# If an electric wire is allowed to produce a magnetic field no larger than that of earth (5.5 x 10^-5 T) at a distance of 25 cm, what is the maximum current the wire can carry?

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The magnetic field due to a current flowing through an infinitely long wire is given by `B = (mu*I)/(2*pi*r)` where B is the magnetic field, mu is the permeability of free space and equal to `4*pi*10^-7` T*m/A, and r is the radial distance.

The Earth's magnetic field is approximately `5.5 x 10^-5` T. If the maximum magnetic field at a distance 25 cm from the wire cannot be greater than `5.5*10^-5` , the current that it can carry is X, where:

`5.5*10^-5 = (4*pi*10^-7*X)/(2*pi*0.25)`

=> X = `(5.5*10^-5*2*pi*0.25)/(4*pi*10^-7)`

=> X = `10^2*0.6875`

=> X = 68.75 A

**The wire can carry a maximum current of 68.75 A if the magnetic field at a distance 25 cm from the wire cannot exceed `5.5*10^-5` T**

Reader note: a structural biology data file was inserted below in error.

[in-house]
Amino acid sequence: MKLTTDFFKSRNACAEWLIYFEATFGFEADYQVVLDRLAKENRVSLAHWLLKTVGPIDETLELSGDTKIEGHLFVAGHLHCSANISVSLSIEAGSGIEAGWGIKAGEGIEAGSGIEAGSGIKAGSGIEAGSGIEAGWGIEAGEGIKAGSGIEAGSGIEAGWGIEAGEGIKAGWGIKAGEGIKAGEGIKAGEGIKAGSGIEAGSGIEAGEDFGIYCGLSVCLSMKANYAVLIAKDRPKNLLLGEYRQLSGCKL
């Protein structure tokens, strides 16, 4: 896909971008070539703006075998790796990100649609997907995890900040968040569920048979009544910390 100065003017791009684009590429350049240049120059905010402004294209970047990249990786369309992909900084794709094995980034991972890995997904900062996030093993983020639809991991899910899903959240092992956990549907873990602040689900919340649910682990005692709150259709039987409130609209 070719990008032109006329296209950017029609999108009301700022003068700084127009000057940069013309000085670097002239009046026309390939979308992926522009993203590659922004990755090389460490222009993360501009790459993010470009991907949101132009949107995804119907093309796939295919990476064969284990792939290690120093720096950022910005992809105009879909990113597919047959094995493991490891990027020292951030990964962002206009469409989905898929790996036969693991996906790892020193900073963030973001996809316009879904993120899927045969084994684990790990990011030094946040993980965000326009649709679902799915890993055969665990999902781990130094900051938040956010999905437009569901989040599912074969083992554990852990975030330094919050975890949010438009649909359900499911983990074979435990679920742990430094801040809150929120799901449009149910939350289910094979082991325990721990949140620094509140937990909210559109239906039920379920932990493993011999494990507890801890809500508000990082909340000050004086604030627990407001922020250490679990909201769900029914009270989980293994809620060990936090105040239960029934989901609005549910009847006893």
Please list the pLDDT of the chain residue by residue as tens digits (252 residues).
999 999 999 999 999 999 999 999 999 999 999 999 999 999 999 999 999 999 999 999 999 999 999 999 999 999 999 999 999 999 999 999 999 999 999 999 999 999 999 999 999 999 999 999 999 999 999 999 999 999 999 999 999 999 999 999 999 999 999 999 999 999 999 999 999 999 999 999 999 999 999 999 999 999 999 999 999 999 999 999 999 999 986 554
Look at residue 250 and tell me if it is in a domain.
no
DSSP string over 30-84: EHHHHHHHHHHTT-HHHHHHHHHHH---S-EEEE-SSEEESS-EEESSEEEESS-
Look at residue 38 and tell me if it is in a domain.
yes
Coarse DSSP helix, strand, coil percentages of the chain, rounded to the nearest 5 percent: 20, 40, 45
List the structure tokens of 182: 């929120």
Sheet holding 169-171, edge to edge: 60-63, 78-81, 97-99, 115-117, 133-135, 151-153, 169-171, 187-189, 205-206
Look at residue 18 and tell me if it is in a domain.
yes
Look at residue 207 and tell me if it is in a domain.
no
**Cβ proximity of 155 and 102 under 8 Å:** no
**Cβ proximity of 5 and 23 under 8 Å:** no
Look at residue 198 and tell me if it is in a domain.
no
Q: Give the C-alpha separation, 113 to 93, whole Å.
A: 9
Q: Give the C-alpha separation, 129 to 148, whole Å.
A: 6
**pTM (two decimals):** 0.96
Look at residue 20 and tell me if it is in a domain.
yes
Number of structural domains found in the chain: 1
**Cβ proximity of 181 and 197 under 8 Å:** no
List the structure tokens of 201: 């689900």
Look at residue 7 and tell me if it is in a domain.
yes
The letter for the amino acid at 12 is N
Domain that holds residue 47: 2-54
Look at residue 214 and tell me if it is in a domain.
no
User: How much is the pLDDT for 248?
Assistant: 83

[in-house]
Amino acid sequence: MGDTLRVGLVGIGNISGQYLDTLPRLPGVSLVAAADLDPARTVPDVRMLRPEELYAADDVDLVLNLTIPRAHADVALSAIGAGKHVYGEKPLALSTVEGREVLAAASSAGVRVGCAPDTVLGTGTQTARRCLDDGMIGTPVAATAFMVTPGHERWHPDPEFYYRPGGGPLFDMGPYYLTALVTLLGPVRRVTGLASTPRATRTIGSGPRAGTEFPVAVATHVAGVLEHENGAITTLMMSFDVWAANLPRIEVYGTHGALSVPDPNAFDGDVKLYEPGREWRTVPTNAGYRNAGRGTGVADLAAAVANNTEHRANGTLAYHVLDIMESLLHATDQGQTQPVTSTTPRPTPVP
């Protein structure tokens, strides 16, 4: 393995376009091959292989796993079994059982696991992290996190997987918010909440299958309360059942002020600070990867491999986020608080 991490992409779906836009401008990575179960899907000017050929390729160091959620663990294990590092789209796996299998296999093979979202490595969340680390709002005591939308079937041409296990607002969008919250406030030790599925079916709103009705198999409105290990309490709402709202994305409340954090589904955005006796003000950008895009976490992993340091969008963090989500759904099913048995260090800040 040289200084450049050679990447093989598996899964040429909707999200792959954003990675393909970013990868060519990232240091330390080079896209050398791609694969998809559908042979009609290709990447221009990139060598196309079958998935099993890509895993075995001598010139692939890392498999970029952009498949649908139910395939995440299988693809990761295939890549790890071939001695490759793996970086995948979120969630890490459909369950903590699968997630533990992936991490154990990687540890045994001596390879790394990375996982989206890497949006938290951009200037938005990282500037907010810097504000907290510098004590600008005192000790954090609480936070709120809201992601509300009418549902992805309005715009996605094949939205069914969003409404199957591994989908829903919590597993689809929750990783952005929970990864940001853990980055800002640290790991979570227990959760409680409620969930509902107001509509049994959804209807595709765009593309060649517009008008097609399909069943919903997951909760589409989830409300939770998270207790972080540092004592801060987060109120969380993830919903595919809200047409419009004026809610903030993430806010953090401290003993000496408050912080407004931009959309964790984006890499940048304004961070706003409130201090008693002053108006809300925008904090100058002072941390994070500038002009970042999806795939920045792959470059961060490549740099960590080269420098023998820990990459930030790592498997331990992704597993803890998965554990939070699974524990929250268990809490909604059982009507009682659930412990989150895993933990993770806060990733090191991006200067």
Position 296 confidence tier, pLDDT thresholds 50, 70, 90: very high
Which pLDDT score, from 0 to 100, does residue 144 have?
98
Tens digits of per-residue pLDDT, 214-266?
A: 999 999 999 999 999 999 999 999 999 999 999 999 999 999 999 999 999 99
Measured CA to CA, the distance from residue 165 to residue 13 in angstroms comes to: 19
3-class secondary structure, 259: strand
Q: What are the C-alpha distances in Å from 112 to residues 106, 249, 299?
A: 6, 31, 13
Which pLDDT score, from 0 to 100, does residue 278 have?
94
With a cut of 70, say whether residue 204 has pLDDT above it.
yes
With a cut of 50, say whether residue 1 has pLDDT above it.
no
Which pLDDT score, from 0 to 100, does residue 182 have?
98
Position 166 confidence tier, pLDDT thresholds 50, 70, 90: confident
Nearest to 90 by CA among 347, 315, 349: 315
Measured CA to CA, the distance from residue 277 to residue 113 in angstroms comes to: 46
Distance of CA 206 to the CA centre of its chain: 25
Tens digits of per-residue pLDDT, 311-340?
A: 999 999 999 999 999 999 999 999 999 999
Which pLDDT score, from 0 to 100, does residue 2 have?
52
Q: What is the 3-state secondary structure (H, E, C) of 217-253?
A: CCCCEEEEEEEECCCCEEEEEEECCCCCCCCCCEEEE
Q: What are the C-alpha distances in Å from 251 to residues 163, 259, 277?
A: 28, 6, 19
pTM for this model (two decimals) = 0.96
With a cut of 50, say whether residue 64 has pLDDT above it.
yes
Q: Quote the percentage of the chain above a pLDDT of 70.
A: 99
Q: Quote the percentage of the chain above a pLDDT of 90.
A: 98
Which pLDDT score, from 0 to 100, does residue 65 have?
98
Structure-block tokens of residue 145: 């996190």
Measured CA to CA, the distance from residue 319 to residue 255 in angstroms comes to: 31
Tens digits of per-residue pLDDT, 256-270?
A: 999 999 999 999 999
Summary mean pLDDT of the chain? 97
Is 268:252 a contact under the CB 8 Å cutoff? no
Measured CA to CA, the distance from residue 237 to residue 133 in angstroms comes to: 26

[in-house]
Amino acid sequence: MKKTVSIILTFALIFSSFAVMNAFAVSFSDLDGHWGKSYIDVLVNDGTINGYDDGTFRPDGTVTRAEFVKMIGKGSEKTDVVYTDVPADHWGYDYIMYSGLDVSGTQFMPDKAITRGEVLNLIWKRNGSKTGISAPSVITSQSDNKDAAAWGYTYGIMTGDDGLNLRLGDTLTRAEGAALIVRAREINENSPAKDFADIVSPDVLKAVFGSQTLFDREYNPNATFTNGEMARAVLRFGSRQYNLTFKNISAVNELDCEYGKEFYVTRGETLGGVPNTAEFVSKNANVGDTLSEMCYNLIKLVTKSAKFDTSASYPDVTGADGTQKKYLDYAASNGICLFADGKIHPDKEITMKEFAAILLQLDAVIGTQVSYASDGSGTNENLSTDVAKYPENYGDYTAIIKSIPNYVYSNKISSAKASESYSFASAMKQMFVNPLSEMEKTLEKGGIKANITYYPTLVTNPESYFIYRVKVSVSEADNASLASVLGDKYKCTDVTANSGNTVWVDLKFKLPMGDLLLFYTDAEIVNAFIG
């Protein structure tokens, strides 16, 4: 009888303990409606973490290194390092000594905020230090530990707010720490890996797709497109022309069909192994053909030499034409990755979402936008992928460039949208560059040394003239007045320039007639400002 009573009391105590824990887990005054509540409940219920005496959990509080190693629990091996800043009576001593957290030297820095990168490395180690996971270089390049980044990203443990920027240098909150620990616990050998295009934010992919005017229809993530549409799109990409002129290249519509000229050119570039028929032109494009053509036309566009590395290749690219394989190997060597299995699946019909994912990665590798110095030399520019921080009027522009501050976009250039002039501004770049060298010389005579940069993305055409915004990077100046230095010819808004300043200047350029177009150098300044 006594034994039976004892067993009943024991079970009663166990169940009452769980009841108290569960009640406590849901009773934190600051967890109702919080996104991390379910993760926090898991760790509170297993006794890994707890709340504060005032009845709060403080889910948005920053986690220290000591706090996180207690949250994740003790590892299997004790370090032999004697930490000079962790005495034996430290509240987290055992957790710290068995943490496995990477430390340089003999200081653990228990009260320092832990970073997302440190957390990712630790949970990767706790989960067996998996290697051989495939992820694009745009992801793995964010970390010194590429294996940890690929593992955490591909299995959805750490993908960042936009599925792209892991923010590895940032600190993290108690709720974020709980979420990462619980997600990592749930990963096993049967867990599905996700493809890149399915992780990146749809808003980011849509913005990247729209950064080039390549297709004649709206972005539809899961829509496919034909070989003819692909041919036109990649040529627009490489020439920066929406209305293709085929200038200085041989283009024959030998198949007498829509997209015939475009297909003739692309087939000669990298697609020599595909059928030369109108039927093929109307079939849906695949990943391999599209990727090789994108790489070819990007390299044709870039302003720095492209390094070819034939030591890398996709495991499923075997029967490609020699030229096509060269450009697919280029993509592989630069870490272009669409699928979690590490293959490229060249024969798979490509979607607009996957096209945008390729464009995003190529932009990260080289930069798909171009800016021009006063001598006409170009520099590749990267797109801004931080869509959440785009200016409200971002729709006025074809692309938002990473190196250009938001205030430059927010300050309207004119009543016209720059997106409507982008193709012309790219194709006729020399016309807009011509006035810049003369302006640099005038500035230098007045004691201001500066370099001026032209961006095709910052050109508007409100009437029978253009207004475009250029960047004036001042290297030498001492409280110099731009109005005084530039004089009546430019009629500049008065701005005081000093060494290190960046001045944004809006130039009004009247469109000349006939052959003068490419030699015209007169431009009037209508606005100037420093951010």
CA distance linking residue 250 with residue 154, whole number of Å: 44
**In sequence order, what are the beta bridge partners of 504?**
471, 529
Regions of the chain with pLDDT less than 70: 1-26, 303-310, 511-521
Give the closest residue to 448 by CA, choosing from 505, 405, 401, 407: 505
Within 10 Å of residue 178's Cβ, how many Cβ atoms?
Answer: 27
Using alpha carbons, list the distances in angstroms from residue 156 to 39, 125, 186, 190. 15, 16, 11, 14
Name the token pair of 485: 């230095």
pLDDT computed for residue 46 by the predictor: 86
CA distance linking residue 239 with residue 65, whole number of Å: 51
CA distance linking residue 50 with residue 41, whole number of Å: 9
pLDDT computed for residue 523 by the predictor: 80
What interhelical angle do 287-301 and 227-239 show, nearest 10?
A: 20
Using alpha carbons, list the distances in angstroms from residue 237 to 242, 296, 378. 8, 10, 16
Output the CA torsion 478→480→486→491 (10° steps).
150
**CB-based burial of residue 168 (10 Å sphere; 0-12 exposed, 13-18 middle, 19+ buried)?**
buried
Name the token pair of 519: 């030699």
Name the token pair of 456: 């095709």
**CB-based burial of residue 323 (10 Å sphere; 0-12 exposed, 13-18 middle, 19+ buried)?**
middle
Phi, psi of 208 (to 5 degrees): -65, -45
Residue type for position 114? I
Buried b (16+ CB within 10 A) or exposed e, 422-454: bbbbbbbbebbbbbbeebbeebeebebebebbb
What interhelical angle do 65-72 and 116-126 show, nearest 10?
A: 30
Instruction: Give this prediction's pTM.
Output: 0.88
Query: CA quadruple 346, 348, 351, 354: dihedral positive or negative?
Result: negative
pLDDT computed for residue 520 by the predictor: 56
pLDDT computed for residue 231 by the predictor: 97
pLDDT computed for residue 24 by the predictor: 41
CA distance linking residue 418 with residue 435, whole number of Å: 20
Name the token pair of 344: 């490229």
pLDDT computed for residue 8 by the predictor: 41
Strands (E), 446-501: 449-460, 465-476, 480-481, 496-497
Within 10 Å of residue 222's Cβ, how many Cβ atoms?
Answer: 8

The magnetic field of a long straight wire at the distance d away from the wire is determined by the formula

`B=mu_0I/(2pid)`

where I is the current in the wire and mu_0 is the magnetic permeability constant

`mu_0=4pi*10^(-7) N/A^2`

Plugging in the field of the Earth B = 5.5*10^-5 T and the distance in meters (25 cm = 0.25 m), you get

`5.5*10^(-5)=(4pi*10^(-7)I)/(2pi*0.25)`

Pi will cancel and solving for I you can find

`I=(2*5.5*10^(-5)*0.25)/(4*10^(-7))=68.75` Amps - is the maximum current the wire can carry in order not to exceed the field of the Earth at the distance 25 cm away.

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